Today the West is faced with a “new Valladolid controversy”. Not surprisingly, the debate on Islam and Muslims in Western countries is very often the reminder of Sepulveda’s argument that “the Indians, being uncivilized, barbarian and inhuman, they have to accept the rule of those civilized, the Spaniards,”. As in the case of Las Casas- Sepulveda controversy, the present debate on West and Islam presents itself in the context of a polarized framework, where those considering themselves to be part of the civilized world (the Europeans) find themselves in war against the new barbarians (the Muslims). Therefore, within this debate emerges the concept of a cultural duality, a polarized viewpoint between the culture of the civilized and the culture of the barbarians. The legitimate question to ask here is: “who is to say who is civilized and who is not?” Once, when asked what he thought of Western civilization, Mahatma Gandhi replied, “I think it would be a good idea.” By that he meant that humanity has not yet finished his original civilizing mission. Ten thousand years haven't produced very much “civilization”. We still confront poverty, tyranny and fanaticism behind civilized facades of technology and capitalism. As for Europe, as a “civilizing force”, its very emergence as a civilizational possibility and potentiality, owes its existence to other cultures. The idea of an intercultural dialogue has been at heart of European soul for centuries. Its omission or oblivion simply means that European history is written and thought in mono-cultural terms. If that is the case, Europe would not be a “good idea” in the Gandhian sense of the word “civilization”, meaning a culture of diversity in making, but could remain after all as a “non-idea”. It is much more realistic to think of European civilization in the plural rather than singular. There are many European cultures but only one Europe and Europe is a good idea! Europe is a journey, not a destination. Like democracy, it is an unfinished project. We are deluding ourselves if we claim to have arrived at an achieved European civilization.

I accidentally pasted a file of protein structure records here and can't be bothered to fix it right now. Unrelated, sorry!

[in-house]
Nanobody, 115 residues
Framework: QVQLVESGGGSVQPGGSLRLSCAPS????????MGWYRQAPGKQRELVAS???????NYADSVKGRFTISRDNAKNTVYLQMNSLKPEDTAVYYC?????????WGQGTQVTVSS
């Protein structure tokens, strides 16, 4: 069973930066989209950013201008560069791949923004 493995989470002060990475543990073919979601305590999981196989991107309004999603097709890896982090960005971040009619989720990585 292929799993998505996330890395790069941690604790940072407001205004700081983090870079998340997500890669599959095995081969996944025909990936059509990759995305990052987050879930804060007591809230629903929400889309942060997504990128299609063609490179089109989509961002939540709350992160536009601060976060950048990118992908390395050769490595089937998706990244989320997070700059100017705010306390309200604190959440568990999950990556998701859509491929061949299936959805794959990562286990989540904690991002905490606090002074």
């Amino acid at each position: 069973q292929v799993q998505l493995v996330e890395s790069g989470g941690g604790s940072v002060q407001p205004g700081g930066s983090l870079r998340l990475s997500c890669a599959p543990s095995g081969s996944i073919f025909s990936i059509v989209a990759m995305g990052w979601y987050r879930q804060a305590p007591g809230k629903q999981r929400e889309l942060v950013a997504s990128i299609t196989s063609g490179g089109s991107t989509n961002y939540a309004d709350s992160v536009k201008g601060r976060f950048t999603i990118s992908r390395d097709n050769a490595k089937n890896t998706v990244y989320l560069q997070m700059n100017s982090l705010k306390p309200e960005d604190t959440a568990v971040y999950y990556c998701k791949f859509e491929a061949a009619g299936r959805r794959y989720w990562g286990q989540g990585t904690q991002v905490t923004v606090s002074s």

Civilization like democracy is an ideal worth striving for. Like a torch in a relay marathon, the process of civilization has been passed on from hand to hand, from one culture to another. Though the vision of modernity might appear to many as the final triumph of civilization in the singular, understood as a global projection of Western culture, nevertheless, it would be philosophically more adequate and ontologically legitimate to highlight the need in human history for a genuine pluri-civilizational approach. It is true that the current Huntingtonian analysis of culture wars against the West has renewed interest in the pluralistic problematic of civilization, but it goes without saying that the internal pluralistic dynamic of modernity suggests a self-problematizing, self-questioning and self-transformative cultural space opened up by democratic transformations. There is no denying that modern civilization has very often been rightly equated with the notions of progress, enlightenment and universalism. But this does not mean that remains a monolithic and undisputed cultural terrain.
Both Europe and Islam continue to be among the main pillars of human civilization. By recognizing this fact both Europe and Islam could engage in a dialogical exchange in order to bring common solutions to issues such as fundamentalism, terrorism, racism and integration and especially to be partners in belief, in action and in citizenship. If Muslims feel involved in the European destiny and Europe has nothing to fear from Islam, the result of the new Valladolid controversy would be, this time, not only an acknowledgement of the “otherness” of Muslims, but also the acceptance of the legitimacy of the cultural diversity of Europe. As such, one can be a Muslim living in Europe as well as a European Muslim. There is no contradiction in either of these two terms, and one should not be asked and forced to choose one against another. Let us not forget that the price of a plural and democratic Europe is neither a strategy of fear nor a politics of hatred. It is a political culture of moderation and deliberation that Las Casas formulated in his Apologetica Historia in these terms: “It clearly appears that there are no races in the world, however rude, uncultivated, barbarous, gross, or almost brutal they may be, who cannot be persuaded and brought to a good order and way of life, and made domestic, mild and tractable, provided . . . the method that is proper and natural to men is used; that is, love and gentleness and kindness.” If we fail to heed such voices as Las Casas, we could end up with Sepulveda's claim of civilizational benevolence backed up by the asserted need to control backward peoples, if necessary by military means.